To evaluate the performance of each eVTOL in the UAM environment, we use the open-source software tool SUAVE [17, 10]. SUAVE is a set of tools to design and optimize conceptual novel aircraft. As an example, we used an eVTOL model developed in SUAVE. The elaborated mission profiles generated by the dilation sub-module are used in SUAVE to evaluate the performance of the eVTOL model. There are several evaluation criteria, however, four built-in metrics, including Throttle profile, Battery energy profile, Battery voltage profile, and C-Rating profile, are employed to evaluate the performance of the eVTOL for all the mission profiles. The metrics are described as follows:

Throttle profile

In general, the throttle controls the vertical motion of an eVTOL and this measurement is directly proportional to the thrust generated from its motors. From the throttle profile, the amount of thrust contribution from each motor during different segments of the mission profile are obtained.

Battery Voltage profile

Using the battery voltage profile, we can observe the decreasing trend of battery voltage for the eVTOL as the mission progresses.

Battery Energy profile

: This profile shows the battery energy consumption by the eVTOL along the mission profile. It is an important metric for eVTOL performance measurement because battery energy consumption is directly related to the range of the mission that can be achieved by the eVTOL.

C-Rating profile

The C-Rating profile shows the battery discharge rate of the eVTOL for the given mission profile.

Iv Results

We present our results from the integrated eVTOL performance measurement framework and those details are discussed below.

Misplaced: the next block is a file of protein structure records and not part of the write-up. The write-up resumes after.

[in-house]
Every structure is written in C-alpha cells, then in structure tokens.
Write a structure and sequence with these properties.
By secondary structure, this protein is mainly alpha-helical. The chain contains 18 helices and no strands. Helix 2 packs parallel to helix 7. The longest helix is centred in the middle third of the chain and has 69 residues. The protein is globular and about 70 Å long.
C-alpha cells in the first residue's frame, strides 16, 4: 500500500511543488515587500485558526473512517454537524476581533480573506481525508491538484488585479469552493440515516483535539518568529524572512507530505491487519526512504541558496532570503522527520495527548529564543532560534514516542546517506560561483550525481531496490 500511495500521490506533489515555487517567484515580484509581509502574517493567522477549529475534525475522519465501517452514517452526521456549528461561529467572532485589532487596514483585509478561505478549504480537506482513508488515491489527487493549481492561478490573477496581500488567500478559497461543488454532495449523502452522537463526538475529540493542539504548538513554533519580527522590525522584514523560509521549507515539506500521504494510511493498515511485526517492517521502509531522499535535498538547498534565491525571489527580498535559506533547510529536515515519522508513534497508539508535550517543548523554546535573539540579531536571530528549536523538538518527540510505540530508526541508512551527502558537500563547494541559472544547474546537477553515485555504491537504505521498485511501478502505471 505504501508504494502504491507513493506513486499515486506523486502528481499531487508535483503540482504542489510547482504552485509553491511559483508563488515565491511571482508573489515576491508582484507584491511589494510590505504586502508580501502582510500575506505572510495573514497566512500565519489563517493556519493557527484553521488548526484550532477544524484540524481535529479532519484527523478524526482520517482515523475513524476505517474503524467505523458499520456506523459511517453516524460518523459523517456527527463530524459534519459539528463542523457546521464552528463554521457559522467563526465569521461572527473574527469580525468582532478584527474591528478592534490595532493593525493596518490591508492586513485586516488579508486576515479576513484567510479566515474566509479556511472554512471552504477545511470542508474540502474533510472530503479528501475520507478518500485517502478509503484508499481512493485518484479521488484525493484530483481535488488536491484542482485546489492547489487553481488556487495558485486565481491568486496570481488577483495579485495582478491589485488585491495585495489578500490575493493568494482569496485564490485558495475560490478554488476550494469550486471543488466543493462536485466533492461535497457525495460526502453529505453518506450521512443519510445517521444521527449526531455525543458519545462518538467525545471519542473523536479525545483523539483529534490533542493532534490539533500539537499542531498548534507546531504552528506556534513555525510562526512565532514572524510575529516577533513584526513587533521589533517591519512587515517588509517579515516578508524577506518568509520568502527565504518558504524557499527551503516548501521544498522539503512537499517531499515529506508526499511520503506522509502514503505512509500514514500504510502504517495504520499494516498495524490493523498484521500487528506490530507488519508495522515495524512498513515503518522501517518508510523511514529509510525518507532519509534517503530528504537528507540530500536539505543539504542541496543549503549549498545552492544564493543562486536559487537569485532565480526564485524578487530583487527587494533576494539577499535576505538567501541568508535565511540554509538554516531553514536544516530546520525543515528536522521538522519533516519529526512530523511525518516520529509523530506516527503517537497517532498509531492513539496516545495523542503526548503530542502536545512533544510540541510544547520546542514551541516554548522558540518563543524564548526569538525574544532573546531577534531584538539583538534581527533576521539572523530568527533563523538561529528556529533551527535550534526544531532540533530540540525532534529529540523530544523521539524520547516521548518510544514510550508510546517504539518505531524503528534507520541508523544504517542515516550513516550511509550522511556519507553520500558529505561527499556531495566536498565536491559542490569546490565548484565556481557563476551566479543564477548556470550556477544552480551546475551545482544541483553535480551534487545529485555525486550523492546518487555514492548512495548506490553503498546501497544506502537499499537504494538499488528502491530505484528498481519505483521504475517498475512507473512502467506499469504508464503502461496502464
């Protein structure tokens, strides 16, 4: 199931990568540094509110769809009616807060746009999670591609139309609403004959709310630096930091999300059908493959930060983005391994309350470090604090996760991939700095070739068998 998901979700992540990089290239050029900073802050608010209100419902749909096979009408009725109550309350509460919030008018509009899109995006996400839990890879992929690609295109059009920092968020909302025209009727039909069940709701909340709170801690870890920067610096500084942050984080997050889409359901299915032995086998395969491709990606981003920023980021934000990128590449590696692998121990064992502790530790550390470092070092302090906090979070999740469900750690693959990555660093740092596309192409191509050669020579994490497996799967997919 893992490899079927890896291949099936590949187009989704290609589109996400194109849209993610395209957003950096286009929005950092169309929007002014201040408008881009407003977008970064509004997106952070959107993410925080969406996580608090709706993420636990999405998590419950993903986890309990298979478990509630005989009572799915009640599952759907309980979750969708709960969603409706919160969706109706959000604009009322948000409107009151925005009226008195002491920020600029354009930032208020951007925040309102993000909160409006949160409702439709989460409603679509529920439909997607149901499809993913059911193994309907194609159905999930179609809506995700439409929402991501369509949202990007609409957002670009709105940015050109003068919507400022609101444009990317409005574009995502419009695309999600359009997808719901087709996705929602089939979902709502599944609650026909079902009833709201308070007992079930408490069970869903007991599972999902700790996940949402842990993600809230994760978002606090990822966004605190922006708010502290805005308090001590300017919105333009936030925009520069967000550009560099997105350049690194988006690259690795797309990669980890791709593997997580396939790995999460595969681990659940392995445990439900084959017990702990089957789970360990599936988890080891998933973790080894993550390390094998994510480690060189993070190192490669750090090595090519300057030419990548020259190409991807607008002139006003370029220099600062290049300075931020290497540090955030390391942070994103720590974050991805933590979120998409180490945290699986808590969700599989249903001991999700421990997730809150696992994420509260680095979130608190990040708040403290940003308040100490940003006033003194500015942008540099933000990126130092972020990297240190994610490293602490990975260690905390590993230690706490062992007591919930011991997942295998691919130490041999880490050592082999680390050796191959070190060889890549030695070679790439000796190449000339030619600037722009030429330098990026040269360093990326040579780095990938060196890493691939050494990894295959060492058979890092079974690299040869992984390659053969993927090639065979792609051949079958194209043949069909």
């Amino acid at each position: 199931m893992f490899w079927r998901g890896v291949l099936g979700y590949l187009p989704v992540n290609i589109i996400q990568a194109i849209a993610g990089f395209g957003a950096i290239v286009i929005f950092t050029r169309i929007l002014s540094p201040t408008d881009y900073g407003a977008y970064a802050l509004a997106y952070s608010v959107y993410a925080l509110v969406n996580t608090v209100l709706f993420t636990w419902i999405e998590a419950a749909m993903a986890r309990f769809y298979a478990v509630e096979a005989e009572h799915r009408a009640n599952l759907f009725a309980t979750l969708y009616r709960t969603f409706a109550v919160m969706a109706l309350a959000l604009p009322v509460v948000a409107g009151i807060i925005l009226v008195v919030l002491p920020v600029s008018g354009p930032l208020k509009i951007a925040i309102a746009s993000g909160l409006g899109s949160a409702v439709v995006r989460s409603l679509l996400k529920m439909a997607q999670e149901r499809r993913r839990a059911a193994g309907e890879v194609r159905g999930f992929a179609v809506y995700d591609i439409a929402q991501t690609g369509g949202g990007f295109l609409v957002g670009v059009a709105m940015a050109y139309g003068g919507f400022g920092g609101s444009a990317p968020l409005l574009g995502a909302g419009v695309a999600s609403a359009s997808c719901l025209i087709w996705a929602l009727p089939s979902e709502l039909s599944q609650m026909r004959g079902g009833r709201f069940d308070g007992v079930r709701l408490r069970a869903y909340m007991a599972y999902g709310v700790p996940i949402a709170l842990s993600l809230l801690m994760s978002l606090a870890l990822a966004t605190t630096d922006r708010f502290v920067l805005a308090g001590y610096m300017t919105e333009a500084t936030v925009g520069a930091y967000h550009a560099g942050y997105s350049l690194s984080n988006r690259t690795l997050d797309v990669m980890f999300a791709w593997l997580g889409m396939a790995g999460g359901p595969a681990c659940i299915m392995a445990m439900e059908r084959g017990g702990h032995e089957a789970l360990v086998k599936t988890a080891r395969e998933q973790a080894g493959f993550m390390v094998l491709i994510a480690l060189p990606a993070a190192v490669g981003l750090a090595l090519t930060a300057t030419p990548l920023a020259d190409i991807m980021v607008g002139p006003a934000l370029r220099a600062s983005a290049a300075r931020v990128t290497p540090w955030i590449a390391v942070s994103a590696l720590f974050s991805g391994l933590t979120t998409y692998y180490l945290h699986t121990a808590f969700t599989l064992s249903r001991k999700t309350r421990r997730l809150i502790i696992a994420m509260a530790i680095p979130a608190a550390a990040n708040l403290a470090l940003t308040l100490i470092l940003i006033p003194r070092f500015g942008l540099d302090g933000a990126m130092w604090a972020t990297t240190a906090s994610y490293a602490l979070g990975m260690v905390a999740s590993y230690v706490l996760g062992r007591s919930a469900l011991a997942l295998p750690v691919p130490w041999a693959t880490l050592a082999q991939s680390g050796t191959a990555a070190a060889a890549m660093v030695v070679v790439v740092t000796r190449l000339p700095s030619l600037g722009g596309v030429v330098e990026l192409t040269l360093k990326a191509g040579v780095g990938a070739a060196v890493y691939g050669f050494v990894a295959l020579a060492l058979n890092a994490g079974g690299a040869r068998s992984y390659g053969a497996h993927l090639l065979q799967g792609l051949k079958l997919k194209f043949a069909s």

For the UTM simulator, a set of algorithms are selected [12] and Table II summarizes all the parameters. We use “free airspace structure,” meaning all eVTOL can fly their preferred path to their destination and “free access control” which allows an eVTOL to take-off if there is no immediate conflict. In this simulation study, no preflight planning is used but a reactive decentralized strategy known as Modified Voltage Potential (MVP) algorithm is used for collision avoidance.

The eVTOL model used in our experiment is developed based on the geometry of the Kitty Hawk Cora eVTOL prototype. This eVTOL configuration is also known as a lift+cruise configuration. The original Kitty hawk Cora eVTOL and the generated eVTOL from SUAVE tool are shown in Figure

3. Some of the high-level parameters of the eVTOL are listed in Table III. The complete list of parameters of the eVTOL model can be found in the SUAVE GitHub repository 333 https://github.com/suavecode/SUAVE/
blob/develop/regression/scripts/Vehicles/Stopped_Rotor.py
.

Parameter name Value
Operational area
Minimum separation
Sensing radius
Max speed of the eVTOL
TABLE II: List of parameters used for the UTM simulator